Eleanor Laing: Order. It will be obvious to the House that a great many people want to speak. We have three hours of debate left, but we cannot continue with speeches of the length that we have had so far, although there is nothing wrong with what any hon. Members have done. We will therefore start with a time limit of 12 minutes.
Eleanor Laing: Order. Before the right hon. Lady returns to the substance of her remarks, I just point out to her that she has already had 21 minutes of the debate, and—[Hon. Members: “More!”] Order. This is not a music hall. The right hon. Lady is perfectly in order—she has an awful lot of things to deal with and she has taken a lot of interventions—but I know that she will...
Eleanor Laing: With this it will be convenient to discuss the following: New clause 2—EU VAT area and pre-commencement requirements— “(1) It shall be a negotiating objective of Her Majesty’s Government in negotiations on the matters specified in subsection (2) to maintain the United Kingdom’s participation in the EU VAT Area under the arrangements set out through the Union...
Eleanor Laing: I do agree with the hon. Lady—of course I do—and I am sure that every Member of this House will agree with her. I thank her for giving me notice that she wished to raise this matter. There is no doubt whatsoever that everyone who lives in all our constituencies should feel able to raise matters with their elected representatives in order that they can be brought up in Parliament,...
Eleanor Laing: The hon. Gentleman has asked leave to propose a debate on a specific and important matter that should have urgent consideration, namely section 9.5 of the ministerial code. I have listened carefully to the application, which the hon. Gentleman made in his usual excellent, rhetorical manner. I have to tell him that I am not persuaded that this matter is proper to be discussed under Standing...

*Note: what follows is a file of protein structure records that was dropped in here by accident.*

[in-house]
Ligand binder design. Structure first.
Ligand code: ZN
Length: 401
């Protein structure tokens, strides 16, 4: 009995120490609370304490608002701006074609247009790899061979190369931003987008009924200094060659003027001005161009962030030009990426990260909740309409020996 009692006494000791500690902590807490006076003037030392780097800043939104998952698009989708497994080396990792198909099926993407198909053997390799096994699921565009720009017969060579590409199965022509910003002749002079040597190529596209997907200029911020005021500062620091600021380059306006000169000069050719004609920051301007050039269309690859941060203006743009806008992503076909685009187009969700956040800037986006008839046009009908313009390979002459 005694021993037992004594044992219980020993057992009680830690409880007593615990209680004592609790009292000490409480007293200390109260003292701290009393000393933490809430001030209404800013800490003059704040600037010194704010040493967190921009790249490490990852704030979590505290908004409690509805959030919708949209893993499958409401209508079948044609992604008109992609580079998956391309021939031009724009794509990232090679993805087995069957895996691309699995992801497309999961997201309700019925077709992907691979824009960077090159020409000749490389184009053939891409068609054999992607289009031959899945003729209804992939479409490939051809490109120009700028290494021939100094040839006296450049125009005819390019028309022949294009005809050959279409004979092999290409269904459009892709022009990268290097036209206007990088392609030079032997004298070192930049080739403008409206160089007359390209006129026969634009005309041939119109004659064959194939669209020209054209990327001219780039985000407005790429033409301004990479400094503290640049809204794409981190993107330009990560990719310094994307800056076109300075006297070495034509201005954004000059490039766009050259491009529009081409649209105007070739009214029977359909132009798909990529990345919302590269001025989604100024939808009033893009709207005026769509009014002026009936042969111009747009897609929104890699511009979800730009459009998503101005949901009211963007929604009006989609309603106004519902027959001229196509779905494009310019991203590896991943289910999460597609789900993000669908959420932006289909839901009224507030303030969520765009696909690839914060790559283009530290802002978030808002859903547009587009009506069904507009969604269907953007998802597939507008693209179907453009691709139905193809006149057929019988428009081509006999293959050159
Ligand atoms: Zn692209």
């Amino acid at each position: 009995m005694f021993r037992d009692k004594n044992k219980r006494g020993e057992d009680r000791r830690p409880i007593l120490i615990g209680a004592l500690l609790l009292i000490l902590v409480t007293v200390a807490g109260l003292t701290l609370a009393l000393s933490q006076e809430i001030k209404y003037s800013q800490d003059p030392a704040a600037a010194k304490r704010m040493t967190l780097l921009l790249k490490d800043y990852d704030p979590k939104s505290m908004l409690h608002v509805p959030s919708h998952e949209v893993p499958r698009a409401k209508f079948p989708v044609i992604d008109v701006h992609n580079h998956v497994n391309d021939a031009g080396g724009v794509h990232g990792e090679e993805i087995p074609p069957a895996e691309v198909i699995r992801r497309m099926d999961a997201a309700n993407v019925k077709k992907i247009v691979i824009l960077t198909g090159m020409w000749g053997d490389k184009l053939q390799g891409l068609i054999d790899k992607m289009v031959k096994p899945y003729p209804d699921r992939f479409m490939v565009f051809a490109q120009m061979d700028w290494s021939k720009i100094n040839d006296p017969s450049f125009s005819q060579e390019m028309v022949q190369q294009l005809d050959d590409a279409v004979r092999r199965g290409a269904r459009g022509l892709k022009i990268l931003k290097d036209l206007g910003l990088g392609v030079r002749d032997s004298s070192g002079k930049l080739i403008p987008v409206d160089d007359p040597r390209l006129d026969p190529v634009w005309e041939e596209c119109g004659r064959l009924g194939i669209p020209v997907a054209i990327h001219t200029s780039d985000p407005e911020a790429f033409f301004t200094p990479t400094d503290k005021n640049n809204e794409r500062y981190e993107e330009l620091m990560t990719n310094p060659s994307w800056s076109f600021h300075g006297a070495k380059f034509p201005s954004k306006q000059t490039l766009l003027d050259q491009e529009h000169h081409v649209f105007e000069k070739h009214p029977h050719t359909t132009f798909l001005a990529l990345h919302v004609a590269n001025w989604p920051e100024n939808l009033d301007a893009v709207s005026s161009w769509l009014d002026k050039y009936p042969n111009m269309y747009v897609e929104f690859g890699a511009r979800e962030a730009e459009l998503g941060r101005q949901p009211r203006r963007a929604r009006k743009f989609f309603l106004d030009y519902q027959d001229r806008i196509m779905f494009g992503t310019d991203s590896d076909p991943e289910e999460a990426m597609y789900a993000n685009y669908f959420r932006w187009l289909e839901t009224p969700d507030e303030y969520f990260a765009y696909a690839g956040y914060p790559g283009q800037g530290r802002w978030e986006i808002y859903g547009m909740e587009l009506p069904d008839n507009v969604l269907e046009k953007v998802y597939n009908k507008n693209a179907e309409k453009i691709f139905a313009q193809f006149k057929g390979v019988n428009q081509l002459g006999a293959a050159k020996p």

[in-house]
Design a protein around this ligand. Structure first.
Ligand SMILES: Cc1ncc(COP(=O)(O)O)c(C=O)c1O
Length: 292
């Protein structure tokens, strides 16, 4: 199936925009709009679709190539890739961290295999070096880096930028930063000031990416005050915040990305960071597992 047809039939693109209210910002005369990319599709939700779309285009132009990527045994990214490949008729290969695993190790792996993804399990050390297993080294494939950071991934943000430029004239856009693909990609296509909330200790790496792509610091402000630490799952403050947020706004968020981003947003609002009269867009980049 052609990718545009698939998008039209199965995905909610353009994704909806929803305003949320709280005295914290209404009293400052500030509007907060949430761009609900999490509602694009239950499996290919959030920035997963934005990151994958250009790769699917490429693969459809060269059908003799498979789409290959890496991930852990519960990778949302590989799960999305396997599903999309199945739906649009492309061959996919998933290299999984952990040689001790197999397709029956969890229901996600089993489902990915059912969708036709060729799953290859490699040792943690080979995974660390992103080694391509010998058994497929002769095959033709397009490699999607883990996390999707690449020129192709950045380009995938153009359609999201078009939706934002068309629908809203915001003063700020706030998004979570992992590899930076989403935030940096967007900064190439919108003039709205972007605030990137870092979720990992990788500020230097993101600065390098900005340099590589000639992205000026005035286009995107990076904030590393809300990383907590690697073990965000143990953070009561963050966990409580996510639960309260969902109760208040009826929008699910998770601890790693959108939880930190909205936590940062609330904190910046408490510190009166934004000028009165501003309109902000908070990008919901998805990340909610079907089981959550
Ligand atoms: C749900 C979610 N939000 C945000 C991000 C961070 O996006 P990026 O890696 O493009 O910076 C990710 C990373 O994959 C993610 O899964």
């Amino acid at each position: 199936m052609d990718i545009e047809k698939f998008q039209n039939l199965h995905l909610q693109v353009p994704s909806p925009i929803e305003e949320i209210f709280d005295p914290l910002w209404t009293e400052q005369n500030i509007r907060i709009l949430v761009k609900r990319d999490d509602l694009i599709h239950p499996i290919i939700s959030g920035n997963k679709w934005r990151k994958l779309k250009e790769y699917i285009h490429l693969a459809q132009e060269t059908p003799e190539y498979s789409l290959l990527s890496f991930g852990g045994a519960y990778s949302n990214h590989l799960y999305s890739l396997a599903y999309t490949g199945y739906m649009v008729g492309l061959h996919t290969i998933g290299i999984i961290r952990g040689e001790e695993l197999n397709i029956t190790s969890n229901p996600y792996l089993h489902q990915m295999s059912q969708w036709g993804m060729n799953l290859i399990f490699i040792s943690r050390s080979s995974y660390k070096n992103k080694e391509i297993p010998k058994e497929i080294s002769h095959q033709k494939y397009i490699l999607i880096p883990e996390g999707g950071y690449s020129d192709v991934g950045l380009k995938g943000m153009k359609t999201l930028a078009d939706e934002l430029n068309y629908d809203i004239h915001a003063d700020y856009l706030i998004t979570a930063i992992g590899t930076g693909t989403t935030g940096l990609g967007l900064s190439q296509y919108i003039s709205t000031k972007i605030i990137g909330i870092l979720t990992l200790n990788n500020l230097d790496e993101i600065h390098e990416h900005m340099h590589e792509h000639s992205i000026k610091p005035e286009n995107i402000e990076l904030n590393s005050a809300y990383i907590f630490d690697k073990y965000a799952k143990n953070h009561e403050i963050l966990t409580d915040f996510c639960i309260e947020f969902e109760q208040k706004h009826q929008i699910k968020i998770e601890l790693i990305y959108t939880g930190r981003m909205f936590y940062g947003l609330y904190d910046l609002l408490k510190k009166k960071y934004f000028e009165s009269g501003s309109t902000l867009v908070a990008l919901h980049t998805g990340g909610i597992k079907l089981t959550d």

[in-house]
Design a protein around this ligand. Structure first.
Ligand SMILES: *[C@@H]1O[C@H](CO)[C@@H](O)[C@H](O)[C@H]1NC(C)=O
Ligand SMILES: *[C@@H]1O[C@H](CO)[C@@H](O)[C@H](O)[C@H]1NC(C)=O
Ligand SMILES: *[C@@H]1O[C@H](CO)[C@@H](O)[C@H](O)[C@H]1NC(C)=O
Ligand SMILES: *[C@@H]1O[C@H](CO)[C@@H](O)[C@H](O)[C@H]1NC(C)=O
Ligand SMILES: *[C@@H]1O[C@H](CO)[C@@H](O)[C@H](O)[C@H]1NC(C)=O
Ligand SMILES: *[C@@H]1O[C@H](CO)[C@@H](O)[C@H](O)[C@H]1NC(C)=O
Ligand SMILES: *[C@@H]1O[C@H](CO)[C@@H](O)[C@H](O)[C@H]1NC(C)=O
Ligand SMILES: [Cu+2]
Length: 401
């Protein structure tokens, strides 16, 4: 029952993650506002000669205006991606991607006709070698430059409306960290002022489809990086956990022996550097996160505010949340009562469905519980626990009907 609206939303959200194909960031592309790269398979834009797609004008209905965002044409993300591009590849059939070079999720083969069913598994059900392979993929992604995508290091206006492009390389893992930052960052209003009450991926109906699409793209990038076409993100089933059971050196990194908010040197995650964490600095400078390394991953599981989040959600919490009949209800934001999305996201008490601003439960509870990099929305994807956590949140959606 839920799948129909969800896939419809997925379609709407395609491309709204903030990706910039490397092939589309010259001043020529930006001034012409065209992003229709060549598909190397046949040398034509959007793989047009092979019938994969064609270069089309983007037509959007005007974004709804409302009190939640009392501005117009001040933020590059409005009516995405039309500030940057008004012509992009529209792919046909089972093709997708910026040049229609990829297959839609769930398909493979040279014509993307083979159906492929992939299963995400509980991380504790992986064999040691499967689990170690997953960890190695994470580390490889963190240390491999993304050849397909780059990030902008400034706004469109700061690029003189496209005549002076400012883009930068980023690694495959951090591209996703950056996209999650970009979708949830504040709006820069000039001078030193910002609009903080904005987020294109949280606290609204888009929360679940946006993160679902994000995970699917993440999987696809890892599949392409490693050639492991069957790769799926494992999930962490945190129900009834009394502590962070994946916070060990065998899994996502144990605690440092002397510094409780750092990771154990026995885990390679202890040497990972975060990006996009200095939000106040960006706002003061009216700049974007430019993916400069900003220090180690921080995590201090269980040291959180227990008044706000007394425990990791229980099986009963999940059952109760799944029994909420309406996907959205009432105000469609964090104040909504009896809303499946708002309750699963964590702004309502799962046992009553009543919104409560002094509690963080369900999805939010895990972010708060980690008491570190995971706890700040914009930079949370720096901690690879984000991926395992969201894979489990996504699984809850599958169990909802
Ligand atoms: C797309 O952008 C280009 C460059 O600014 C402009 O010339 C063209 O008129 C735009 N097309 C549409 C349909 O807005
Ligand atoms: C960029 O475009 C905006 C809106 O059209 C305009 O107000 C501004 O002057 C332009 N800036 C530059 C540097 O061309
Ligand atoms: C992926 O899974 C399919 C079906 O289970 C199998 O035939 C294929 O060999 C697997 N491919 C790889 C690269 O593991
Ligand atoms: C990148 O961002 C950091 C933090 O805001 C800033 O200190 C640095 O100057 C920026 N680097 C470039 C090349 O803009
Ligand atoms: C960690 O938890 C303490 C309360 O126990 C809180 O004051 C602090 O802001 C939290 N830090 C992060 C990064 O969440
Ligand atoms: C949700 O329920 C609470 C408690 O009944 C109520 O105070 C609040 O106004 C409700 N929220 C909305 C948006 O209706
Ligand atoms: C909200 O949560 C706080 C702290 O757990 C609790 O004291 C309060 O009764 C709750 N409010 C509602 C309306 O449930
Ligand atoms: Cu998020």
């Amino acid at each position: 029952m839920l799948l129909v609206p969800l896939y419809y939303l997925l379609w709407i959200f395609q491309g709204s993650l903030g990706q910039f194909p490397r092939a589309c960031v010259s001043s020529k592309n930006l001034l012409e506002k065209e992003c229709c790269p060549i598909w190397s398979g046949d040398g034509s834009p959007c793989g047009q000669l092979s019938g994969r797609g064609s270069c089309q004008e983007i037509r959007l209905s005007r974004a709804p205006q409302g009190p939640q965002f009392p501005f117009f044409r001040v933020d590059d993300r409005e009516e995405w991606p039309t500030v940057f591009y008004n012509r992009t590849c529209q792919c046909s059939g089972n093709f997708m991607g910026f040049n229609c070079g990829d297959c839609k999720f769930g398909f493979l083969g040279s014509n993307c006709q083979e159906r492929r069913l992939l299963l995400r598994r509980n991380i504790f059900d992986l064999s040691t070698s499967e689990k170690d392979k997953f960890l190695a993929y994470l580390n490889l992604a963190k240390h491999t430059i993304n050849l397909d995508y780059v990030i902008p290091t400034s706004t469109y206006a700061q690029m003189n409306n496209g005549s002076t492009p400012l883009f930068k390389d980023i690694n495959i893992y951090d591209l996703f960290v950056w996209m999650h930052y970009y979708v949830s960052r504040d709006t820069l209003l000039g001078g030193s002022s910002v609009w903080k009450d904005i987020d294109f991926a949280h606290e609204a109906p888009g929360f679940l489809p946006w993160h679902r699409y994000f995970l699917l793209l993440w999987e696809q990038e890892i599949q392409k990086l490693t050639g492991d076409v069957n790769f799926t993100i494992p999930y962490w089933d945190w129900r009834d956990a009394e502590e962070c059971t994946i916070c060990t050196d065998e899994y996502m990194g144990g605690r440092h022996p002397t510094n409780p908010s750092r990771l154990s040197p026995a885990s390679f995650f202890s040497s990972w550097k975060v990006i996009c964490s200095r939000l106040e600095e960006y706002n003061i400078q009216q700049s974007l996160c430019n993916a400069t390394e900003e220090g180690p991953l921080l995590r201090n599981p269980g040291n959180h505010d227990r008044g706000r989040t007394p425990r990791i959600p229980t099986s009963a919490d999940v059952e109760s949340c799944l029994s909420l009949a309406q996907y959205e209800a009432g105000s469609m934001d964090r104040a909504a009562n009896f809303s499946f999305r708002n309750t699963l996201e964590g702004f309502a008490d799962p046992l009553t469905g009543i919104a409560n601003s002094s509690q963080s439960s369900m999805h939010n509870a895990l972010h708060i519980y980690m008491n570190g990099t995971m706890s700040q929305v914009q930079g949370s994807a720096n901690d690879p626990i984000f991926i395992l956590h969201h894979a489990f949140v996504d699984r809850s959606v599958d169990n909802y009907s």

Eleanor Laing: Order. It will be obvious to the House that, as the statement made clear, this is about how Parliament, the devolved Administrations and the wider public will be engaged in the process of forming free trade agreements with new partners, and scrutinising those trade agreements. In other words, this is a relatively narrow canvas to which colleagues can fit their questions. The Chair will not...
Eleanor Laing: And the prize for patience and perseverance goes to Tom Pursglove.
Eleanor Laing: I now call Pete Wishart to make an application for leave to propose a debate on a specific and important matter that should have urgent consideration under the terms of Standing Order No. 24. The hon. Gentleman has three minutes in which to make his application.
Eleanor Laing: Order.
Eleanor Laing: Order. Clearly the House wants the Minister to have time to respond to the matters that have been raised in the debate. Therefore, there will now be a time limit of three minutes.
Eleanor Laing: Order. We will now have a time limit of five minutes.
Eleanor Laing: The question is as on the Order Paper. Tobias Ellwood!
Eleanor Laing: Order. The Minister has listened to all the questions and is now answering them, so he should not be shouted at by hon. Members on either side of the House.
Eleanor Laing: The Question is as on the Order Paper. As many as are of that opinion say Aye.
Eleanor Laing: Of the contrary no.
Eleanor Laing: For the record, I did note one voice calling “No”—not in the wilderness, but quite clearly—but very many voices calling “Aye”, so the Ayes have it. Question put and agreed to.
Eleanor Laing: With the leave of the House, we will take motions 5 and 6 together. Motion made, and Question put forthwith ( Standing Order No. 118(6)),